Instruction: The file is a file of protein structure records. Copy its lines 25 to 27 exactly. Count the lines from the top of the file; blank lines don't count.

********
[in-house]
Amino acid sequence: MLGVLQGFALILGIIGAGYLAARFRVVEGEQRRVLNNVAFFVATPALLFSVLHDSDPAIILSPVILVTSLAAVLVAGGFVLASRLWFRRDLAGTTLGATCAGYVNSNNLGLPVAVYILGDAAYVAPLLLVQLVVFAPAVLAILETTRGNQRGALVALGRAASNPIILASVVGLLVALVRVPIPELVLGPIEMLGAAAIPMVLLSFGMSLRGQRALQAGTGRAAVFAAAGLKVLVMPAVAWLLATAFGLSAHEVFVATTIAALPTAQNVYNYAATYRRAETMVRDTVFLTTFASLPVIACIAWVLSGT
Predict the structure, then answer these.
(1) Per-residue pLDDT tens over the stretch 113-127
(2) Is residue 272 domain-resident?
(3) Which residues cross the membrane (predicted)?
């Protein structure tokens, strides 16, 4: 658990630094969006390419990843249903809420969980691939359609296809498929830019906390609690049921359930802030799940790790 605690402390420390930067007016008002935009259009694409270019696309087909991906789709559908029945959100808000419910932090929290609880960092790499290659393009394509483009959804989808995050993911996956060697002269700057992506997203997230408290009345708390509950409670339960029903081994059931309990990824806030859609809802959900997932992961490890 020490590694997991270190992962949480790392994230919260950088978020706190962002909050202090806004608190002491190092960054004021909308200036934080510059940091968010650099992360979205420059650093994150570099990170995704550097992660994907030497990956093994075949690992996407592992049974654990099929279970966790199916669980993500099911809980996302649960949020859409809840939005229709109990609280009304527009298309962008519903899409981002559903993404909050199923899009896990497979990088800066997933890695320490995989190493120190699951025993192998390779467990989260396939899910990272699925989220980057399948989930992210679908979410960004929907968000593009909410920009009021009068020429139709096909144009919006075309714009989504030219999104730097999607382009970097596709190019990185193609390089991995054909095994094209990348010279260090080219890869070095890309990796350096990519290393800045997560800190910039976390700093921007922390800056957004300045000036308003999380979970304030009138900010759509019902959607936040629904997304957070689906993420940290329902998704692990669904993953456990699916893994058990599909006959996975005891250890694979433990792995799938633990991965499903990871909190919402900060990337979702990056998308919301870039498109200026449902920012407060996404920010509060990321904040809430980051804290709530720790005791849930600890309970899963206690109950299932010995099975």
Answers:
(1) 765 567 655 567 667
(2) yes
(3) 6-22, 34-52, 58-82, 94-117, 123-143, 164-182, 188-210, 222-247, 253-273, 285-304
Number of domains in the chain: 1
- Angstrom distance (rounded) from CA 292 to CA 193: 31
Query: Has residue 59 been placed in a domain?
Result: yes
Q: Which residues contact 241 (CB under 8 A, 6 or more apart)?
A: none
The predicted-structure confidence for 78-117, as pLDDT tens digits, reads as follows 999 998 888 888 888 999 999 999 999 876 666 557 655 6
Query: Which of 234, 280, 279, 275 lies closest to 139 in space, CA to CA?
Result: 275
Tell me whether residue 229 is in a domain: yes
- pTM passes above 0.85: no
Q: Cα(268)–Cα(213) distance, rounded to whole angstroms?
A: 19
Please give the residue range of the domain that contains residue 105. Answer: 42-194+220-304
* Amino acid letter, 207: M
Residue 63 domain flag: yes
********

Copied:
Please give the residue range of the domain that contains residue 105. Answer: 42-194+220-304
* Amino acid letter, 207: M
Residue 63 domain flag: yes